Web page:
Canned and Cured Fish and Seafoods

SIC 2091

Industry report:

This category covers establishments primarily engaged in cooking and canning seafood products such as fish, shrimp, oysters, clams, and crab or in curing seafood products by means such as smoking, salting or drying. It also includes manufacturers of seafood soups, chowders, stews, broths, and juices. Establishments primarily engaged in preparing fresh fish or shucking and packing fresh oysters in unsealed containers are classified in SIC 2092: Prepared Fresh or Frozen Fish and Seafoods.

Industry Snapshot

The value of U.S. canned fish and seafood industry shipments was $1.2 billion in 2008; overall fresh and frozen seafood processing industries, of which this category is a part, were $8.2 billion. The industry enjoyed growth partly due to the high-protein, low-carbohydrate diet fads of the early-to-mid-2000s and partly due to the positive health news regarding Omega-3-rich seafood. On the downside, the industry continued to be plagued with negative news such as that involving overfishing and trapping of non-targeted species to the point of extinction, in addition to reports of high levels of pollutants found in some harvests, including methylmercury and lead.

The National Oceanic and Atmospheric Administration Fisheries Service reported that per capita consumption was about 15.8 pounds per person in 2009 with canned seafood, primarily tuna, responsible for 3.7 of those pounds. Furthermore, the decline in per capita consumption was largely the result of a decrease in canned seafood consumed.

Background and Development

Fish curing is one of the oldest industries in North America. Even before permanent European settlements had been established, fishermen were harvesting cod and other species off the northeastern coastline of the North American continent. Fish were preserved and prepared for marketing by salting. According to Roy E. Martin of the National Fisheries Institute, "As early as 1580 more than three hundred ships from Europe were salting cod in this area."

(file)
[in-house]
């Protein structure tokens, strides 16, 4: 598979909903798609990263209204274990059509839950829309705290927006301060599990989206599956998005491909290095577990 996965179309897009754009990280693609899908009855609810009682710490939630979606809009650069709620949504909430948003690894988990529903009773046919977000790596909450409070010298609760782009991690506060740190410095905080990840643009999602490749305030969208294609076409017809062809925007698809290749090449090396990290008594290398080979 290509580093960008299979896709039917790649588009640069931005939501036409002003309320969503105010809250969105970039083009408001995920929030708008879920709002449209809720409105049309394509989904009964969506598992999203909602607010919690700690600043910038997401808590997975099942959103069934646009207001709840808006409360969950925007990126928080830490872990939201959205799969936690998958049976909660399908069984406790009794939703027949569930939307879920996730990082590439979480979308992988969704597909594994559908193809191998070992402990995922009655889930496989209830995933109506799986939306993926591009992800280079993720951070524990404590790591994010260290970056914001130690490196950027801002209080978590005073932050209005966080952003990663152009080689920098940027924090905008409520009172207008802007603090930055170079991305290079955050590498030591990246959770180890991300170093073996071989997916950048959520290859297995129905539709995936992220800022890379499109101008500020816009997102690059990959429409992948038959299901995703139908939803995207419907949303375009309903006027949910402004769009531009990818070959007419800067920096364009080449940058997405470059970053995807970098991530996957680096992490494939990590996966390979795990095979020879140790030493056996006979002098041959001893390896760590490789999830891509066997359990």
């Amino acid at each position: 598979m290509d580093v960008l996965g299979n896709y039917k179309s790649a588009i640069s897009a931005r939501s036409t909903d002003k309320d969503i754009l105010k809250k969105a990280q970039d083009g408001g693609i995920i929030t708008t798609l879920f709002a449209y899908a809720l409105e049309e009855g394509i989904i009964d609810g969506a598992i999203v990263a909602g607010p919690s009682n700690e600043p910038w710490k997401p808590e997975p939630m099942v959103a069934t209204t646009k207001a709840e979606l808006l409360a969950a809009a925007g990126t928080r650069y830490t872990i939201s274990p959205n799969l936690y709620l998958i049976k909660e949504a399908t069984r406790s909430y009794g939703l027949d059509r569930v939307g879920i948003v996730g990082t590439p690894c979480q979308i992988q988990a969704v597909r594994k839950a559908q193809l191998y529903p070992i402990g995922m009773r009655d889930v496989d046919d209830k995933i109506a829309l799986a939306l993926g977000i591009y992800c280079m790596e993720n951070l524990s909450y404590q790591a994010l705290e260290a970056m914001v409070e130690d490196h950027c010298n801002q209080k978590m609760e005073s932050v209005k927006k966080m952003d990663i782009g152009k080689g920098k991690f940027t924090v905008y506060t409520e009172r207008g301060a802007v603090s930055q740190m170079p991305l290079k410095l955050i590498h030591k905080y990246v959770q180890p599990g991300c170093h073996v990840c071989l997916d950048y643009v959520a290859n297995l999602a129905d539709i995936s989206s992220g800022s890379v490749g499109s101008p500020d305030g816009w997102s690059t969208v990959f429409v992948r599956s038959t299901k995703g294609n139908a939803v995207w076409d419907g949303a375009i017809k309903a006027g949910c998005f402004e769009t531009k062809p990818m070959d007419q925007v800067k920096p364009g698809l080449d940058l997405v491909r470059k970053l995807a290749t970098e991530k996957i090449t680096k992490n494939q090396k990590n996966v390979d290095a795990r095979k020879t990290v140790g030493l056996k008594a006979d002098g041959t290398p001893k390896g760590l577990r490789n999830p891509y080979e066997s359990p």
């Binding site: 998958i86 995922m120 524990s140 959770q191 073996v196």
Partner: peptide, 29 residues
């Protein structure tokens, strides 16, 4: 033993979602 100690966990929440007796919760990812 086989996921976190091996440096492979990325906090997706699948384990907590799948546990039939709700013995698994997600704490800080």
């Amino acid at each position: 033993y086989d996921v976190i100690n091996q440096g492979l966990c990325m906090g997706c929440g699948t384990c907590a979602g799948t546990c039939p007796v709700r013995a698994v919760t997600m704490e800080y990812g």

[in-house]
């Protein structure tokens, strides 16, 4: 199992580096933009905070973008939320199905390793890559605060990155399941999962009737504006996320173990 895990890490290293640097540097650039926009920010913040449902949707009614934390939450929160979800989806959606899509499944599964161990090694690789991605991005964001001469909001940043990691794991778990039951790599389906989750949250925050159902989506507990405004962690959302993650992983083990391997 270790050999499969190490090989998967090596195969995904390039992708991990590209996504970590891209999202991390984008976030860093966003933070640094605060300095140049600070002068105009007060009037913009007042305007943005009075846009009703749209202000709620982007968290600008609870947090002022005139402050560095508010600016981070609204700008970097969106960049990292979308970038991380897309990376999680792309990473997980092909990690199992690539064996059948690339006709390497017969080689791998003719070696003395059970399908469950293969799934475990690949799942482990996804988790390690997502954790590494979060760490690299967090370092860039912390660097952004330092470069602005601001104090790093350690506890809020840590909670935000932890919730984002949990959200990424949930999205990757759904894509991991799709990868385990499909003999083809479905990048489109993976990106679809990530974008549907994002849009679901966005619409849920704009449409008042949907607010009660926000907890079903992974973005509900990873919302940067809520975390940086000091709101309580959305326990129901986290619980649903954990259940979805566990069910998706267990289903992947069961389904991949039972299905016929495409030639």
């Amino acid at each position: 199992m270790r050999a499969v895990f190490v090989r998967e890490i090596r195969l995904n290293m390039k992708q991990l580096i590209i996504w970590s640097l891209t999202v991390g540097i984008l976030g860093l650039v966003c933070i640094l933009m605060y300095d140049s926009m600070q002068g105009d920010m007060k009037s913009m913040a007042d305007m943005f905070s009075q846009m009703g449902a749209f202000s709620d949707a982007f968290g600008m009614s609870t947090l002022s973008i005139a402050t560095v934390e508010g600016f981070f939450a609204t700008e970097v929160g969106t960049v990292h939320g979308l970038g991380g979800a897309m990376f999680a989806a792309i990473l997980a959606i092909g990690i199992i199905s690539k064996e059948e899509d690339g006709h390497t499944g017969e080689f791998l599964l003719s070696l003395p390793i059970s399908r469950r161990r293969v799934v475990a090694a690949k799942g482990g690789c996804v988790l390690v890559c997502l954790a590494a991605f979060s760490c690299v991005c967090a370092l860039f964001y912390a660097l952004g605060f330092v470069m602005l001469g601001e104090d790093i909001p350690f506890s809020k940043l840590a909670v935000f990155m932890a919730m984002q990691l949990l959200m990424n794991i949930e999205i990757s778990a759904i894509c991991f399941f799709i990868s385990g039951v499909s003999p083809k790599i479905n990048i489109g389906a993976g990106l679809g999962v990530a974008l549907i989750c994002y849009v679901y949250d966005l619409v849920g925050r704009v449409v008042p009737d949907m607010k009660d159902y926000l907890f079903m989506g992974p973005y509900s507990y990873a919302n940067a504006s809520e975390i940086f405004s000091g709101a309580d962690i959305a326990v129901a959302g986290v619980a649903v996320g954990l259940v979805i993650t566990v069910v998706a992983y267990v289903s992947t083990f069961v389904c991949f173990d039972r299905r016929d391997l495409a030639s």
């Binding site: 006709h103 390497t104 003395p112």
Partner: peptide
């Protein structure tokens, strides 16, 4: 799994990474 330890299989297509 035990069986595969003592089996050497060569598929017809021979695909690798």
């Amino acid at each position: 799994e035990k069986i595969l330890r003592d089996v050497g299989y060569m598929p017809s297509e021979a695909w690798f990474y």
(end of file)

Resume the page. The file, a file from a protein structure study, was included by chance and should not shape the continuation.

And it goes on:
New England colonists depended on salted cod and smoked herring for food and as trade items. During the seventeenth and eighteenth centuries, cured fish products made major contributions to the economies of New England and eastern Canada. Disputes over fishing rights and restraints on trade contributed to the political climate leading up to the Revolutionary War. Martin, writing in The Seafood Industry, stated, "The English Parliament in 1775 prohibited the New England colonies from trading directly with foreign countries and prevented New England vessels from fishing on the banks off Newfoundland, in the Gulf of St. Lawrence, and on the coasts of Labrador and Nova Scotia where they had been accustomed to fishing. This restriction meant ruin to the New England fish-curing industry, and the edict was one cause of the Revolutionary War."

Another type of preservation, pickling, was also used commercially with fish and mollusk products through the 1800s. Pickled and cured fish products continued to be major industries until the processes were gradually supplanted by canning technology and by innovations enabling fresh and frozen seafood products to be delivered to inland markets.

During the early years of the nineteenth century, the first canned seafood products appeared in the United States. Initial offerings included salmon, lobsters, and oysters. Of these three, the most popular, and first to be canned on an industrial scale, was the Chesapeake Bay oyster. Canning technology enabled the sale of oysters to those living inland who had previously been unable to purchase them. As canning technology improved, other products were added to the menu. Sardines, for example, were first successfully canned in Maine around the middle of the nineteenth century. As more products became available, consumer acceptance increased. The Civil War also helped the new industry gain favor by introducing many soldiers to canned products.